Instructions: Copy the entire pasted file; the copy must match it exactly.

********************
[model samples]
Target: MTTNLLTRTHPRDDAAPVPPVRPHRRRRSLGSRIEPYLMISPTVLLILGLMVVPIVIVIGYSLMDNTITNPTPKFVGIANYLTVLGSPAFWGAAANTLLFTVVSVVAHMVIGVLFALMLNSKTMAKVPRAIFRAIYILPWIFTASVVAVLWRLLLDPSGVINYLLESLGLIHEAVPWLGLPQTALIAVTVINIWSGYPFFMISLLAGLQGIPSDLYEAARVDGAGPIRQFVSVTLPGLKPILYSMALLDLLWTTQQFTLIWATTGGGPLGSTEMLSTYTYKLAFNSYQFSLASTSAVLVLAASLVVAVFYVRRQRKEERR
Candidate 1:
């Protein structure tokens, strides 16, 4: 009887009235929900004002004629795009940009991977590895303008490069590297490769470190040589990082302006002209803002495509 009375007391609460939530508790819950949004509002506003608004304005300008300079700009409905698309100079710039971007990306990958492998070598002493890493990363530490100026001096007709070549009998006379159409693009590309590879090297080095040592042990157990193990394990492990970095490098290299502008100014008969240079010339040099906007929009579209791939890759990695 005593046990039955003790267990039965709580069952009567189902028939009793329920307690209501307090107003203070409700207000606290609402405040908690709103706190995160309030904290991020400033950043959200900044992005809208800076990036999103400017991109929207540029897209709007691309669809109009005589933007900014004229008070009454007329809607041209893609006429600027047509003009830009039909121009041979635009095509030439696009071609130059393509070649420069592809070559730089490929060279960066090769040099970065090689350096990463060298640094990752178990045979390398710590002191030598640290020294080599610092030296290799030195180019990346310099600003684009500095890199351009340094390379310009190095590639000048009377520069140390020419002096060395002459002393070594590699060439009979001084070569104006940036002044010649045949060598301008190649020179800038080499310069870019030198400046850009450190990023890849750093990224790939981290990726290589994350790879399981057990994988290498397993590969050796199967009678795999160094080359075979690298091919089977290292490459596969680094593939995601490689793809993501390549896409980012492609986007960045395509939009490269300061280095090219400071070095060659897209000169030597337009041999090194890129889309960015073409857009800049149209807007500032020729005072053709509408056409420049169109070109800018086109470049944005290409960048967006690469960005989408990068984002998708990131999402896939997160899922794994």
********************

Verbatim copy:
[model samples]
Target: MTTNLLTRTHPRDDAAPVPPVRPHRRRRSLGSRIEPYLMISPTVLLILGLMVVPIVIVIGYSLMDNTITNPTPKFVGIANYLTVLGSPAFWGAAANTLLFTVVSVVAHMVIGVLFALMLNSKTMAKVPRAIFRAIYILPWIFTASVVAVLWRLLLDPSGVINYLLESLGLIHEAVPWLGLPQTALIAVTVINIWSGYPFFMISLLAGLQGIPSDLYEAARVDGAGPIRQFVSVTLPGLKPILYSMALLDLLWTTQQFTLIWATTGGGPLGSTEMLSTYTYKLAFNSYQFSLASTSAVLVLAASLVVAVFYVRRQRKEERR
Candidate 1:
């Protein structure tokens, strides 16, 4: 009887009235929900004002004629795009940009991977590895303008490069590297490769470190040589990082302006002209803002495509 009375007391609460939530508790819950949004509002506003608004304005300008300079700009409905698309100079710039971007990306990958492998070598002493890493990363530490100026001096007709070549009998006379159409693009590309590879090297080095040592042990157990193990394990492990970095490098290299502008100014008969240079010339040099906007929009579209791939890759990695 005593046990039955003790267990039965709580069952009567189902028939009793329920307690209501307090107003203070409700207000606290609402405040908690709103706190995160309030904290991020400033950043959200900044992005809208800076990036999103400017991109929207540029897209709007691309669809109009005589933007900014004229008070009454007329809607041209893609006429600027047509003009830009039909121009041979635009095509030439696009071609130059393509070649420069592809070559730089490929060279960066090769040099970065090689350096990463060298640094990752178990045979390398710590002191030598640290020294080599610092030296290799030195180019990346310099600003684009500095890199351009340094390379310009190095590639000048009377520069140390020419002096060395002459002393070594590699060439009979001084070569104006940036002044010649045949060598301008190649020179800038080499310069870019030198400046850009450190990023890849750093990224790939981290990726290589994350790879399981057990994988290498397993590969050796199967009678795999160094080359075979690298091919089977290292490459596969680094593939995601490689793809993501390549896409980012492609986007960045395509939009490269300061280095090219400071070095060659897209000169030597337009041999090194890129889309960015073409857009800049149209807007500032020729005072053709509408056409420049169109070109800018086109470049944005290409960048967006690469960005989408990068984002998708990131999402896939997160899922794994």